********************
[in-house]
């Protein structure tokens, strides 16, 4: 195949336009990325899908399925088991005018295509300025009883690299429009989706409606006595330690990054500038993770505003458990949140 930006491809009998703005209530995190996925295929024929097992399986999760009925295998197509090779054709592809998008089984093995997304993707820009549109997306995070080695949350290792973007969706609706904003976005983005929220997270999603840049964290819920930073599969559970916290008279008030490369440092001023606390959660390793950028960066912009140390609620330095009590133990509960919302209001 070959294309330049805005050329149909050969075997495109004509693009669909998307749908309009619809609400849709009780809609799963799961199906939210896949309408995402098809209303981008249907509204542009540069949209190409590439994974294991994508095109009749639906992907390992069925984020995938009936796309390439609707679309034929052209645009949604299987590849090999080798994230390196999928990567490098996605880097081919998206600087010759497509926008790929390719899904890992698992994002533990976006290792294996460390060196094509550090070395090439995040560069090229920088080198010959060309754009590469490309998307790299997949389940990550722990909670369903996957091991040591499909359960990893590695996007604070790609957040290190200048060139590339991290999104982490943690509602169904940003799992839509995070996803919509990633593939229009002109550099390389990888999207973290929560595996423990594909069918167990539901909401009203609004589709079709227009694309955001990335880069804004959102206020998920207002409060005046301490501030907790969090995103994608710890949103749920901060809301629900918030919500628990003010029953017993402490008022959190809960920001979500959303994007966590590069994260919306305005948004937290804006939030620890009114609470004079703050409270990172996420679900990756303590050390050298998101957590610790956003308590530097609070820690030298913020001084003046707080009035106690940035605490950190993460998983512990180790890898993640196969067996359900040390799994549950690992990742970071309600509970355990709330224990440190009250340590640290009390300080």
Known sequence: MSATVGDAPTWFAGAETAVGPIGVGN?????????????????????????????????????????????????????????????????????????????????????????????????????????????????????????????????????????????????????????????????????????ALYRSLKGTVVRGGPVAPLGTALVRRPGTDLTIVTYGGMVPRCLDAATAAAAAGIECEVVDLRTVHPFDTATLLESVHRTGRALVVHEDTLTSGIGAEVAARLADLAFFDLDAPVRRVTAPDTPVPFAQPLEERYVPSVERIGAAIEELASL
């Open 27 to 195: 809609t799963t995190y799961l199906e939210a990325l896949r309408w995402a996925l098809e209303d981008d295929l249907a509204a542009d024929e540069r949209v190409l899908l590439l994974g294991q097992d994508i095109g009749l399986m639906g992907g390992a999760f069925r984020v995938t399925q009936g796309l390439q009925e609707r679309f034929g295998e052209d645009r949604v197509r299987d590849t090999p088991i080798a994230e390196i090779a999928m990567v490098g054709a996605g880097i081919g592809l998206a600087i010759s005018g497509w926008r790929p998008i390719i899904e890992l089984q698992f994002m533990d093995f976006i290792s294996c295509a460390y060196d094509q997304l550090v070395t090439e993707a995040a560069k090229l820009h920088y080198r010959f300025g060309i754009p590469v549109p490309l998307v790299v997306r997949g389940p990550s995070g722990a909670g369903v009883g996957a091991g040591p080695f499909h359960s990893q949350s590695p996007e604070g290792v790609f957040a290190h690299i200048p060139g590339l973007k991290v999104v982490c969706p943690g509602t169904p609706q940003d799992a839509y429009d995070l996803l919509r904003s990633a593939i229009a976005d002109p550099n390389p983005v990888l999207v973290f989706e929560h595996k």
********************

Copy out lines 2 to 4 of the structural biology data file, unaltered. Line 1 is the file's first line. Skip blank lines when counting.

């Protein structure tokens, strides 16, 4: 195949336009990325899908399925088991005018295509300025009883690299429009989706409606006595330690990054500038993770505003458990949140 930006491809009998703005209530995190996925295929024929097992399986999760009925295998197509090779054709592809998008089984093995997304993707820009549109997306995070080695949350290792973007969706609706904003976005983005929220997270999603840049964290819920930073599969559970916290008279008030490369440092001023606390959660390793950028960066912009140390609620330095009590133990509960919302209001 070959294309330049805005050329149909050969075997495109004509693009669909998307749908309009619809609400849709009780809609799963799961199906939210896949309408995402098809209303981008249907509204542009540069949209190409590439994974294991994508095109009749639906992907390992069925984020995938009936796309390439609707679309034929052209645009949604299987590849090999080798994230390196999928990567490098996605880097081919998206600087010759497509926008790929390719899904890992698992994002533990976006290792294996460390060196094509550090070395090439995040560069090229920088080198010959060309754009590469490309998307790299997949389940990550722990909670369903996957091991040591499909359960990893590695996007604070790609957040290190200048060139590339991290999104982490943690509602169904940003799992839509995070996803919509990633593939229009002109550099390389990888999207973290929560595996423990594909069918167990539901909401009203609004589709079709227009694309955001990335880069804004959102206020998920207002409060005046301490501030907790969090995103994608710890949103749920901060809301629900918030919500628990003010029953017993402490008022959190809960920001979500959303994007966590590069994260919306305005948004937290804006939030620890009114609470004079703050409270990172996420679900990756303590050390050298998101957590610790956003308590530097609070820690030298913020001084003046707080009035106690940035605490950190993460998983512990180790890898993640196969067996359900040390799994549950690992990742970071309600509970355990709330224990440190009250340590640290009390300080």
Known sequence: MSATVGDAPTWFAGAETAVGPIGVGN?????????????????????????????????????????????????????????????????????????????????????????????????????????????????????????????????????????????????????????????????????????ALYRSLKGTVVRGGPVAPLGTALVRRPGTDLTIVTYGGMVPRCLDAATAAAAAGIECEVVDLRTVHPFDTATLLESVHRTGRALVVHEDTLTSGIGAEVAARLADLAFFDLDAPVRRVTAPDTPVPFAQPLEERYVPSVERIGAAIEELASL
């Open 27 to 195: 809609t799963t995190y799961l199906e939210a990325l896949r309408w995402a996925l098809e209303d981008d295929l249907a509204a542009d024929e540069r949209v190409l899908l590439l994974g294991q097992d994508i095109g009749l399986m639906g992907g390992a999760f069925r984020v995938t399925q009936g796309l390439q009925e609707r679309f034929g295998e052209d645009r949604v197509r299987d590849t090999p088991i080798a994230e390196i090779a999928m990567v490098g054709a996605g880097i081919g592809l998206a600087i010759s005018g497509w926008r790929p998008i390719i899904e890992l089984q698992f994002m533990d093995f976006i290792s294996c295509a460390y060196d094509q997304l550090v070395t090439e993707a995040a560069k090229l820009h920088y080198r010959f300025g060309i754009p590469v549109p490309l998307v790299v997306r997949g389940p990550s995070g722990a909670g369903v009883g996957a091991g040591p080695f499909h359960s990893q949350s590695p996007e604070g290792v790609f957040a290190h690299i200048p060139g590339l973007k991290v999104v982490c969706p943690g509602t169904p609706q940003d799992a839509y429009d995070l996803l919509r904003s990633a593939i229009a976005d002109p550099n390389p983005v990888l999207v973290f989706e929560h595996k």